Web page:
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ECONOMIC SECURITY ACT

The CHAIRMAN. I desire to place in the record certain letters and relating to S. 1130, which have been submitted to me. ‘(The letters and statements above referred to follow:)
NATIONAL

Chairman Finance Committee, United States Senate, . Washington, D. C. DEAR MR. CHAIRMAN: The administrative committee of the National Catholic welfare Conference would not, of course, venture to express a detailed opinion on proposed Economic Security Act as a blanket measure. Many expert minds were called into service in the compiling of that act; and to specialists, the wisdom of many of its measures must be left. Everything that promotes just legislation, and particularly such legislation as is beneficial and helpful to our needy citizens in this time of wide-spread distress, has received and will receive the full support of the National Catholic Conference. But the administrative committee of the National Catholic Welfare Conference reepectifully submits that this proposed legislation, to be known under the title of the “Economic Security Act,” should explicitly do justice to every agency that contributes to the public welfare. The President and many other public leaders of the day have appealed time and again for the generous support of the private agency of prevention and relief. The private agency has played an essential part and is today playing an extended and essential part in the actual care of the unemployed, of ‘the aged, of needy mothers, of the sick and injured, of the orphans, of those mentally or physically handicapped. The administrative committee of the National Catholic Welfare Conference respectfully requests that this recognized and most laudable work of private institutions, fostered by the members of every religious denomination and of none-and always encouraged in our Nation’s history by both State and Federal authorities-be not further burdened because of any unfavorable interpretation of any of the provisions of the proposed Economic Security Act; but that such legislation make it explicit that no is prohibited, through acceptance of Federal funds, from using as agencies of and prevention the private institu­ tion, hospital or home. legislation would then recognize-what is preeminently true-that the private institution is an essential element in the promo­ tion of that self-sacrifice so necessary to the happiness and prosperity of our country. Thanking you in the name of the administrative committee for the considera­ tion you will give to its petition, we remain, Respectfully yours, JOHN J. BURKE, C. S. P., General Secretary.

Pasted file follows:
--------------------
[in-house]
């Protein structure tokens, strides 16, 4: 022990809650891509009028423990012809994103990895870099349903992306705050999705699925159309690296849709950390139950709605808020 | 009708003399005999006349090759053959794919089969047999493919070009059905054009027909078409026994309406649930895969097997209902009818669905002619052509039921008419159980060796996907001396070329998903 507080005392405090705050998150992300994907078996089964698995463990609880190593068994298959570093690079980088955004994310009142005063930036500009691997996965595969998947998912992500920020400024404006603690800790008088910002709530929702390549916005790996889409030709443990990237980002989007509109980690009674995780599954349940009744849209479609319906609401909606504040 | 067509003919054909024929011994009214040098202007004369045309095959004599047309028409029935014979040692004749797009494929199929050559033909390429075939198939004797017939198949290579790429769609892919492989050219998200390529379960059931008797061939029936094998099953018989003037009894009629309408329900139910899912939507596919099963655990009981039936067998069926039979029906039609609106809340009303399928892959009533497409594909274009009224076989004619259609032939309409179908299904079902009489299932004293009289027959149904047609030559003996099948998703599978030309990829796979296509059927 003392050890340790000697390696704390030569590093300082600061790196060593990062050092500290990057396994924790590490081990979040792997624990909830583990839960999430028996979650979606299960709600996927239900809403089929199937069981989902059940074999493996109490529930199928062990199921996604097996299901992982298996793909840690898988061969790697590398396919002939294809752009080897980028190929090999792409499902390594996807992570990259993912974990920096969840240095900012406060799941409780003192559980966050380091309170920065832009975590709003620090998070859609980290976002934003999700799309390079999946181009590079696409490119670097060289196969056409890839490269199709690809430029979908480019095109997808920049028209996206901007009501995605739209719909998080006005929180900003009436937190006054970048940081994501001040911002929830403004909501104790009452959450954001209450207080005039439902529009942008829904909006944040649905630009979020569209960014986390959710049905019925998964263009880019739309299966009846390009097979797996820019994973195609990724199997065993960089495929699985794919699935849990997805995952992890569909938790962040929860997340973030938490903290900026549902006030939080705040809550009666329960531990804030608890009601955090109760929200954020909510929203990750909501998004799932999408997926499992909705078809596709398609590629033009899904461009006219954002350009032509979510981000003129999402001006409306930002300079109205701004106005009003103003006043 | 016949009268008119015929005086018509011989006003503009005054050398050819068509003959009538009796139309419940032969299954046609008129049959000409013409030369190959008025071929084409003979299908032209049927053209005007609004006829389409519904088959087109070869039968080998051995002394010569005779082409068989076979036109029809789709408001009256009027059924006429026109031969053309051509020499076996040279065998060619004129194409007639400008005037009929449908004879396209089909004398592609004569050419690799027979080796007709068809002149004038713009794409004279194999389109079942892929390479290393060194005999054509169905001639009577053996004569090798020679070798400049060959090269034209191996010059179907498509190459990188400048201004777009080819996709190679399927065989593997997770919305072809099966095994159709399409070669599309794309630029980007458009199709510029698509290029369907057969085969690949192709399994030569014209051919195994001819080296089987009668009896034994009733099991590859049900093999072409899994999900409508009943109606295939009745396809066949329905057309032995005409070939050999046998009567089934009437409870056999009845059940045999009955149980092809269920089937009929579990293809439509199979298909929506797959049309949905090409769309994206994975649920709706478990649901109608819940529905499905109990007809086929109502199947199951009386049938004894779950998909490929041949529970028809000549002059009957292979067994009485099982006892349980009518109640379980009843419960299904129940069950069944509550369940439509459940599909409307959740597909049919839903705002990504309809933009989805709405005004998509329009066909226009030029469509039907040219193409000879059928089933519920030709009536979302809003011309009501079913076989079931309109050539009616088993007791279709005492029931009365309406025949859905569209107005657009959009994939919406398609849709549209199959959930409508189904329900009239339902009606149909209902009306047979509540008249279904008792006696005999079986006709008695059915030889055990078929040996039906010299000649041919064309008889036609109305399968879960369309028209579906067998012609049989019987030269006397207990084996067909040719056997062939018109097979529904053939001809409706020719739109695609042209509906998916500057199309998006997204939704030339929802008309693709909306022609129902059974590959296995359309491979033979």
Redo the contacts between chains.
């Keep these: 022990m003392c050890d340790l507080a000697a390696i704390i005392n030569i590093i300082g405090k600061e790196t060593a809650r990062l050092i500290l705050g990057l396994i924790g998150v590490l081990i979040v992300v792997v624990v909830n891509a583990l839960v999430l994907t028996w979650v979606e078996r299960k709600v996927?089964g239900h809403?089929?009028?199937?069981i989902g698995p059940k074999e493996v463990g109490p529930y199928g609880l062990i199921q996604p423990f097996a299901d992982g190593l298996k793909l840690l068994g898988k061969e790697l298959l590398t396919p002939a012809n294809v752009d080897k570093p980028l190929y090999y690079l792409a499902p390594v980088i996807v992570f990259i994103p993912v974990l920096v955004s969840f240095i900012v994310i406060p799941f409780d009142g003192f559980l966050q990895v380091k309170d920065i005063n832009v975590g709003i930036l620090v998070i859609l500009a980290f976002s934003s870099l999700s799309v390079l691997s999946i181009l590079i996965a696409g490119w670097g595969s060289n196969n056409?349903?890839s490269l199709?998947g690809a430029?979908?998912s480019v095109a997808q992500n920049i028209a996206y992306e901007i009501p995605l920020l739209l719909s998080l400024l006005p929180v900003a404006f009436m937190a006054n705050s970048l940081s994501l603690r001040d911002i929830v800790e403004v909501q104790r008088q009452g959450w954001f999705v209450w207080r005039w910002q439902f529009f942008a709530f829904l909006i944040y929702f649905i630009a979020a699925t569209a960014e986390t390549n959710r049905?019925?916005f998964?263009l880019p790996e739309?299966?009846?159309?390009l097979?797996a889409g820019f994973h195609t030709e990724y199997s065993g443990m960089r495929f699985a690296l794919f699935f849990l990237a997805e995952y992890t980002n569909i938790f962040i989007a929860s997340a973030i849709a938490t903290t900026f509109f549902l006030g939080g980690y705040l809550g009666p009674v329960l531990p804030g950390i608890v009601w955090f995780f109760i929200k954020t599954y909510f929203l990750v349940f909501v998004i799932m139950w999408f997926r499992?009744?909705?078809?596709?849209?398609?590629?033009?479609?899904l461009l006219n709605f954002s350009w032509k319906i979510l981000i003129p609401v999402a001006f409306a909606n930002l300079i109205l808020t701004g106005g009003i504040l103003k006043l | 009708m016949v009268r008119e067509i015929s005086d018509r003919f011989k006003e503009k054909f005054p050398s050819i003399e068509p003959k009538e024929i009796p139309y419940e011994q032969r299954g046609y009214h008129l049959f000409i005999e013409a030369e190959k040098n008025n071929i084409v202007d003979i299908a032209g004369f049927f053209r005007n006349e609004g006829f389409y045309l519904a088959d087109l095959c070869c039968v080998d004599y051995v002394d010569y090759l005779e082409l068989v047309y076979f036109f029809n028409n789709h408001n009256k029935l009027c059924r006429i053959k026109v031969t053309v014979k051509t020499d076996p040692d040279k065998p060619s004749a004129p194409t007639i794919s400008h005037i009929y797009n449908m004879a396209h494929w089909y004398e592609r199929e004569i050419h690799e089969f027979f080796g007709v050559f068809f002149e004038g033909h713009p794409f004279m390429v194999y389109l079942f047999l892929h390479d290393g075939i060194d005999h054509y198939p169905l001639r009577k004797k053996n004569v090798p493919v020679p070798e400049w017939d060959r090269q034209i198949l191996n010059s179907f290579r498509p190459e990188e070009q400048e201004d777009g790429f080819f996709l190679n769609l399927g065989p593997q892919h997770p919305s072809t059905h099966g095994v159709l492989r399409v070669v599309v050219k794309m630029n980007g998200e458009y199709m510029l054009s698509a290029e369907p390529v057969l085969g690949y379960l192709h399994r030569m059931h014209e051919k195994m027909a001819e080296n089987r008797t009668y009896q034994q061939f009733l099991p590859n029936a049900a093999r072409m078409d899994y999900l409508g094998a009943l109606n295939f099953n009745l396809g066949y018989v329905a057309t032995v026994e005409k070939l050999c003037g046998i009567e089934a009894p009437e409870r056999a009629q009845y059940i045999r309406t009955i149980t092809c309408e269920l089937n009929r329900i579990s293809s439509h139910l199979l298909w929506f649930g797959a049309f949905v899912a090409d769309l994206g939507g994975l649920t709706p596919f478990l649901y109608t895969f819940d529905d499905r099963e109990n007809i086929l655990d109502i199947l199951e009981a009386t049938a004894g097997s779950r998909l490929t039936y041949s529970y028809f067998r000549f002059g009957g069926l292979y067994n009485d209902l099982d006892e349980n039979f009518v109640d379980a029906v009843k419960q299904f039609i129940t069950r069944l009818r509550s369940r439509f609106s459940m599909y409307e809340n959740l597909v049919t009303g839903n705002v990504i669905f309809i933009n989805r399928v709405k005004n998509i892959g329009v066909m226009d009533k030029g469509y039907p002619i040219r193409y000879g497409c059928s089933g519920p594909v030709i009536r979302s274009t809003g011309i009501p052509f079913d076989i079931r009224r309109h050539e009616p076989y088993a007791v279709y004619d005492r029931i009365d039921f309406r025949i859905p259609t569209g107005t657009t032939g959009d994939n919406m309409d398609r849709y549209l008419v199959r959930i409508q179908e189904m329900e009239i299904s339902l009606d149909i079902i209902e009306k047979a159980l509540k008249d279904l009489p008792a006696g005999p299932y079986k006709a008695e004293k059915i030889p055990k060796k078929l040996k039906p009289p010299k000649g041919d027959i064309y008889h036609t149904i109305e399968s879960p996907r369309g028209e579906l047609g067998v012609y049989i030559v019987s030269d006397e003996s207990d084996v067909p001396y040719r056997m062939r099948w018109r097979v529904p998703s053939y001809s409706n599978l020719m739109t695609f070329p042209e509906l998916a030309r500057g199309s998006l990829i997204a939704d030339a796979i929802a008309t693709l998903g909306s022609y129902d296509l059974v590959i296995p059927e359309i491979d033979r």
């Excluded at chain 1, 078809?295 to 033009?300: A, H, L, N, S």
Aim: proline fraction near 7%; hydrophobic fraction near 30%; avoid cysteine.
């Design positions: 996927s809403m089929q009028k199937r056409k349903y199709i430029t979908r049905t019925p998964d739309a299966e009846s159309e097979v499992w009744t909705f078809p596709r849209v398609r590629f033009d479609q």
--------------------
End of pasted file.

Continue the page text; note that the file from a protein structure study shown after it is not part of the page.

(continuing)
AMERICAN CHILD HEALTH ASSOCIATION,

Hon.

PAT HARRISON,

Washington, D. C., February

CONFERENCE,

1935.

New York City, February 1935. Hon. P AT H ARRISON , Chairman Senate Finance Committee, Washington, D. C. DEAR SENATOR HARRISON: May I be permitted to file this letter as a part of the Senate hearing concerning bill S. 1130, especially title VII and title VIII? For 18 years I (Samuel J. Crumbine, M. was engaged in the practice of medicine at Dodge City, Kans. I then became State Health Officer of Kansas, serving in capacity for 19 years, and for 11 of these years as dean of the school of medicine of the University of Kansas. In 1923 I came to New York to the American Child Health Association, whose general executive I have been for 10 years. The experience of these 48 years in private practice, and in public health, is the basis for my belief and conviction that there must be aggressive efforts looking toward the prevention of infant and maternal mortality, and the promotion of child health. The loss each year of about 14,000 mothers in childbirth means that a large proportion of the homes in which the deaths occur will be broken. The cumulative effect of this tragedy, during the years that have passed and in the years to come, is an appalling menace to the home which is the bulwark of our national and racial stability, and the foundation of our civilization. Among